On kindness and the real estate outlook in 2022

On Kindness And The Real Estate Outlook in 2022

On Kindness And The Real Estate Outlook in 2022


On kindness. I honestly find it hard to believe that we’re already in January of a new year. 2021 felt like it lasted 6 months rather than 12, or maybe that’s because so much of our time in the first half of the year was spent in curfew, lockdown and the zoom form of human contact. The one silver lining in my case, is my husband and I got to spend more quality face time with 2 of our kids who spent more time at home.

Gary Vaynerchuk has been recently espousing the value of kindness in business and I couldn’t agree more. Changes in values, mindsets and ways of doing or being in the world can take time to evolve. Both my parents’ and grandparent’s generations lived through the horrors of war. My father and his family were in the Siberian Labor Camps and therefore the lucky ones who didn’t end up at Auschwitz.

Through sponsorship by a distant relative and with the help of JIAS, my father and his family eventually made it to Canada as penniless refugees. It would be understandable to have a hardened view of the world after surviving the kind of hardships my father and his family endured. Like many of his generation, there was a fear that nice people finish last or kindness meant weakness. My father, despite his rough manner, was at heart, a kind and empathetic person.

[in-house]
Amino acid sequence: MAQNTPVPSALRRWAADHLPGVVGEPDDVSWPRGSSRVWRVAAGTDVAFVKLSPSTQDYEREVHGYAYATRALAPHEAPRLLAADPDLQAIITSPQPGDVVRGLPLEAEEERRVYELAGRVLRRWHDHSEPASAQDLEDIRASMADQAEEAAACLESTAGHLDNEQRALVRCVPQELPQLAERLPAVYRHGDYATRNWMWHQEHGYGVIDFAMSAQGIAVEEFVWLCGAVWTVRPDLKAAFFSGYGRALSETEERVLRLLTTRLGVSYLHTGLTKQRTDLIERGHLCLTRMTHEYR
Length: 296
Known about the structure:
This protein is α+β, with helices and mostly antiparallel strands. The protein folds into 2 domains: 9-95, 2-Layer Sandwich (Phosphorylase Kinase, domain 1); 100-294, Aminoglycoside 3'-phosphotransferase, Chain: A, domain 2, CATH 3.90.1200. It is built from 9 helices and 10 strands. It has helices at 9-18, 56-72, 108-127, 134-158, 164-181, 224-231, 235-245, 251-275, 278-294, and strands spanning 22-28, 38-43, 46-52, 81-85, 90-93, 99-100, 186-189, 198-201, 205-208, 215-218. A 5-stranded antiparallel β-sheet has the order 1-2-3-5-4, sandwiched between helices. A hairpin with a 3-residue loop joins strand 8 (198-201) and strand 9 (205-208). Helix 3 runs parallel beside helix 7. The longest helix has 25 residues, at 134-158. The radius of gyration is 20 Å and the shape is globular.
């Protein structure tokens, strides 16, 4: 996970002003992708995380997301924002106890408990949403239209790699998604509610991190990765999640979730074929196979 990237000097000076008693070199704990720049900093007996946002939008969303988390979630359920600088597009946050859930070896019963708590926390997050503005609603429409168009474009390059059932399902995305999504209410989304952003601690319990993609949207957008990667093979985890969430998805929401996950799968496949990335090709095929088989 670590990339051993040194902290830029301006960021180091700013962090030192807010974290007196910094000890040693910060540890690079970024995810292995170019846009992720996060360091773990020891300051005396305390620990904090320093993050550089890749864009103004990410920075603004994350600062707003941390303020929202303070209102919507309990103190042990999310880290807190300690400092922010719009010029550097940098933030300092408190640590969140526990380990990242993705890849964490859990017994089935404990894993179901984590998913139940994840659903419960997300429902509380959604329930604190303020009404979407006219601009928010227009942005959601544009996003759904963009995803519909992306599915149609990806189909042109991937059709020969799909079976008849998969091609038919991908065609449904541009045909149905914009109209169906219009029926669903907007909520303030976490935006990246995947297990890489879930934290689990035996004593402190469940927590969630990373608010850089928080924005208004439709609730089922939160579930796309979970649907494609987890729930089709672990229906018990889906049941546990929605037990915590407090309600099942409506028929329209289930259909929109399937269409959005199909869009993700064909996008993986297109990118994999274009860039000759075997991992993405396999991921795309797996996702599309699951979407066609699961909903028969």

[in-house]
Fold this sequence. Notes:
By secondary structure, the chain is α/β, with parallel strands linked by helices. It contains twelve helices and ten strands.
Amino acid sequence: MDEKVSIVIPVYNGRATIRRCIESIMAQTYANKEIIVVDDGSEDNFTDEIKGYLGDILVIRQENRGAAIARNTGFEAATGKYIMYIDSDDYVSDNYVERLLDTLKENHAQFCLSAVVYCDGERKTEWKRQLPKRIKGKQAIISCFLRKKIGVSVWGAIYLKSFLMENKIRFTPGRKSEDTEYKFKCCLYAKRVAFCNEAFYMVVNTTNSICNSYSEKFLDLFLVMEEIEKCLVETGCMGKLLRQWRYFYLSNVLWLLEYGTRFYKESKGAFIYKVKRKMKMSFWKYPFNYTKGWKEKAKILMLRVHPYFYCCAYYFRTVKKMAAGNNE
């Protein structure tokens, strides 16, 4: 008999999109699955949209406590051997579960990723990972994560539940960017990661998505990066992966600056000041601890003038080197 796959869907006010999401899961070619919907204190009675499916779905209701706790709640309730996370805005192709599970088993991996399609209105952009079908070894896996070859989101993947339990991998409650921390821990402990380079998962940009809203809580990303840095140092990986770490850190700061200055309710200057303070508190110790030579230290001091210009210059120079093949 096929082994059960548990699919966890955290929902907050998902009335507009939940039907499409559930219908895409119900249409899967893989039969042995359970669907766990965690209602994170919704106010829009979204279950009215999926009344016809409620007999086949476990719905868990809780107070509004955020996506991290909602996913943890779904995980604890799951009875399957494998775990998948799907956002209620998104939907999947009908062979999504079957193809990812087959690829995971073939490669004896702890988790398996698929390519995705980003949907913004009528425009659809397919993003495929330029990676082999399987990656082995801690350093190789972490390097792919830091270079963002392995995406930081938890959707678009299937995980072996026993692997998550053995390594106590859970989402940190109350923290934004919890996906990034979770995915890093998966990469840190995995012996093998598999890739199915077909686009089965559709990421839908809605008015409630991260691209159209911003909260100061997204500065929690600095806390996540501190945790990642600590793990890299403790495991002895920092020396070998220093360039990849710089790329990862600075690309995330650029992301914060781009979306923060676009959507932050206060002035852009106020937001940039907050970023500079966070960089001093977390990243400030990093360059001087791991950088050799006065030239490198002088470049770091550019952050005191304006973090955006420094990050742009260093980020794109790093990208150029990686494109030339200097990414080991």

The world has changed so much but human evolution is a much slower process then the pace of technological innovation. The wisdom keepers like Ghandi, Buddha, etc, who were just some of the enlightened souls, taught us by lead example of how to infuse leadership with kindness and compassion.

One can still be business savvy, smart, and focused, all while being kind, empathetic and patient with others. You never know what someone is going through in their lives…so #bekind!

Now on the Montreal Real Estate Front:


2021 In Review


These are the highlights of note according to Centris

  • “The single-family property category has been under siege, having recorded unsustainable price increases across several sectors, including in the Greater Montreal area.
  • Prices soared, resulting essentially from a historically high level of overbidding, fuelled by low financing rates.
  • This situation has caused overvaluation in certain Quebec markets, mainly in the southern part of the province.
  • Affordability challenges have become critical in the Montreal area, especially for young households.
  • That said, affordability levels remain satisfactory in several CMAs and agglomerations, for example as concerns Montreal-based households and teleworkers.
  • Widespread integration of the teleworking model into service-sector operations is an increasingly common trend. However, a shift in the balance back toward office presence is expected, considering the real costs associated with a return to a more hybrid model requiring more in-person work.
  • Although we are in more of a price catch-up context in many markets—such as the Trois-Rivières census metropolitan area (CMA) and, to a lesser extent, the Quebec City CMA—speculation has taken a stronger hold in certain markets in the Montreal CMA, on the outskirts of Montreal and in many resort markets.